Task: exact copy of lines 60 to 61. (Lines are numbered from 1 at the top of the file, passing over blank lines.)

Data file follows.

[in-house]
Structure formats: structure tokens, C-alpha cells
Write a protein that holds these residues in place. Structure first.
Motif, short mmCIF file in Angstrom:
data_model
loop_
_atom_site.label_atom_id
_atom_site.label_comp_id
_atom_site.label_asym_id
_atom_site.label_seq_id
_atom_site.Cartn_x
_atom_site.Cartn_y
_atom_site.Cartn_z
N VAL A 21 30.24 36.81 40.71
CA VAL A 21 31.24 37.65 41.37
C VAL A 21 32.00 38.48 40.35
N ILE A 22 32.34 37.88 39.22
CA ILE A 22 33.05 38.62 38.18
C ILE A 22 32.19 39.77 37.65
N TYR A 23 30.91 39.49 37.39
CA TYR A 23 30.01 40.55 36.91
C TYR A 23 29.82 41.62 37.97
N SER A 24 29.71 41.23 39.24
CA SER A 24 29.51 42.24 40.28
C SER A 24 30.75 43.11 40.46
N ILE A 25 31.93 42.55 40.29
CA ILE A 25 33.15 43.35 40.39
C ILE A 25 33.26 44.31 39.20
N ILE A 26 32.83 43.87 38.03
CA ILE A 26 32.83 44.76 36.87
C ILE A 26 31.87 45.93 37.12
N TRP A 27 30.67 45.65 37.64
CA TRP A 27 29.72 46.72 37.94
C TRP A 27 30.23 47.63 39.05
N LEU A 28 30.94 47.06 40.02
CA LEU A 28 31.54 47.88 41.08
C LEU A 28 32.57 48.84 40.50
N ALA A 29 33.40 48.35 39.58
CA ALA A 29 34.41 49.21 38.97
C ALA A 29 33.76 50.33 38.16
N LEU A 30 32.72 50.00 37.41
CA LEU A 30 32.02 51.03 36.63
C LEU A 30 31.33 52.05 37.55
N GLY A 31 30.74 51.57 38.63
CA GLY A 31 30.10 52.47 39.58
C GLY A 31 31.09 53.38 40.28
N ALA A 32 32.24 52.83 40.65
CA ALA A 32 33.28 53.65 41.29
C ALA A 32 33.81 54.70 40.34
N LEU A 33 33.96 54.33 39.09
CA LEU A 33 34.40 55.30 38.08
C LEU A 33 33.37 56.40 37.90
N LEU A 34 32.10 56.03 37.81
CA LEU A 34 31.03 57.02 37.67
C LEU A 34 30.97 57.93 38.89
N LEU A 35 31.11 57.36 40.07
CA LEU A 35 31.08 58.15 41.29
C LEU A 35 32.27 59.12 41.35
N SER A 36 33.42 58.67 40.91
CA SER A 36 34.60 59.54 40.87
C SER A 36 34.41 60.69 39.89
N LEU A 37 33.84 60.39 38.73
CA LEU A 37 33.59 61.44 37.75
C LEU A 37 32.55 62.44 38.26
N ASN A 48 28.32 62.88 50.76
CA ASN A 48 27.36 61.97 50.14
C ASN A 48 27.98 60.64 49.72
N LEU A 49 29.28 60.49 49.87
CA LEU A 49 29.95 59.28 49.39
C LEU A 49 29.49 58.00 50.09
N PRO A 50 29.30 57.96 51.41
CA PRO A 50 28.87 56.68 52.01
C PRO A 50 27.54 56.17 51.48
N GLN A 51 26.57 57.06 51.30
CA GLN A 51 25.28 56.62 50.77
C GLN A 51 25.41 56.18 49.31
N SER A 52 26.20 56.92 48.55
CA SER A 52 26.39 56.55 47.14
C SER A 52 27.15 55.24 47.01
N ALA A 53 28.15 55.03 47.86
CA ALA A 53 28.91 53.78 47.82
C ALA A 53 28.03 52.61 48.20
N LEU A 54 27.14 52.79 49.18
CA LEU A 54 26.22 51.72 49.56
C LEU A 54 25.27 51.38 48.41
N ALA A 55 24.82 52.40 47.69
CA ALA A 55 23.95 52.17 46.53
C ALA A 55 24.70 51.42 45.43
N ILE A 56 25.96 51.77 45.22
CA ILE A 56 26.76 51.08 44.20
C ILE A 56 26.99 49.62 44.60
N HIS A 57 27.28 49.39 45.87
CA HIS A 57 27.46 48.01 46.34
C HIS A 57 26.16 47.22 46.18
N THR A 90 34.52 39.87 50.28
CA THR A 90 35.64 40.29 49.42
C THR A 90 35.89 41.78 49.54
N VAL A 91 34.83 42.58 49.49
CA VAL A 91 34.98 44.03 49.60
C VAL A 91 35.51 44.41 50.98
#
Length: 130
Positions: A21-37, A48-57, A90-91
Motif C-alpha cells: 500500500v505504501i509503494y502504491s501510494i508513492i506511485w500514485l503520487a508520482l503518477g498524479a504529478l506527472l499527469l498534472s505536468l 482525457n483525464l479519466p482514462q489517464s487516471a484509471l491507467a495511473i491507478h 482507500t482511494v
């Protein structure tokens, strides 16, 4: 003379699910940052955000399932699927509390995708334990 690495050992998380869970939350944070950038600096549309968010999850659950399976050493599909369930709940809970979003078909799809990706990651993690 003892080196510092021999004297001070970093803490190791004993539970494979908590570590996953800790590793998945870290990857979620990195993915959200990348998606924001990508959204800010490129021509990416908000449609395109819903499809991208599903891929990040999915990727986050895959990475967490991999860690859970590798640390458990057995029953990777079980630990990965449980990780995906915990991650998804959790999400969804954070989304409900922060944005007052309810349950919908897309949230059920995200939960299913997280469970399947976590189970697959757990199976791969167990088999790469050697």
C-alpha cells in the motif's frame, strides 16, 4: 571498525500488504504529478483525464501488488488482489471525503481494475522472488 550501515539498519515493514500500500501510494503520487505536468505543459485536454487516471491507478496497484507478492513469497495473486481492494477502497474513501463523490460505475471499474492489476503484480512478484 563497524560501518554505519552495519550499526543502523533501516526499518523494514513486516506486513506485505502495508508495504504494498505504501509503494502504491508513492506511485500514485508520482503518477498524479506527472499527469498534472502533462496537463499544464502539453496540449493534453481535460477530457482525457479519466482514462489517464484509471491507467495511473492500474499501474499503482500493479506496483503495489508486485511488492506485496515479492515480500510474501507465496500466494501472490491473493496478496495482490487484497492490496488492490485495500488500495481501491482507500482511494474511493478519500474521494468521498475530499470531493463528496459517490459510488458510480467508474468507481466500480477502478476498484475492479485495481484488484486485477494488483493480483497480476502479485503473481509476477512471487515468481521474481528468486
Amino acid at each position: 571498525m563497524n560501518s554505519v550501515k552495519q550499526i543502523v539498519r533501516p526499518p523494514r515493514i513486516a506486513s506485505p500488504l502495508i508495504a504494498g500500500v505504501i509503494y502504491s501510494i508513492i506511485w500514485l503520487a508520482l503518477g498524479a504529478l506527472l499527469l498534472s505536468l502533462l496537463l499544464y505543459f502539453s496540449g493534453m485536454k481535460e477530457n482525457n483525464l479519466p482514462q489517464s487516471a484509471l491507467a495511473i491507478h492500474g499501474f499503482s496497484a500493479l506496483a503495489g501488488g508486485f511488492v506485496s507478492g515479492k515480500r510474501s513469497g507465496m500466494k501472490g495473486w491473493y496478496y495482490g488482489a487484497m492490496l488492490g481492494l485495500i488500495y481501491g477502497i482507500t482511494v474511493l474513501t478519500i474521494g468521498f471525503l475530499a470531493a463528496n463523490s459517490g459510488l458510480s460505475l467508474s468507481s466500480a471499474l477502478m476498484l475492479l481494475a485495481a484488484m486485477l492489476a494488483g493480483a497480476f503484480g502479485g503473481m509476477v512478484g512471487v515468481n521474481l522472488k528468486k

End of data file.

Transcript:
CA SER A 36 34.60 59.54 40.87
C SER A 36 34.41 60.69 39.89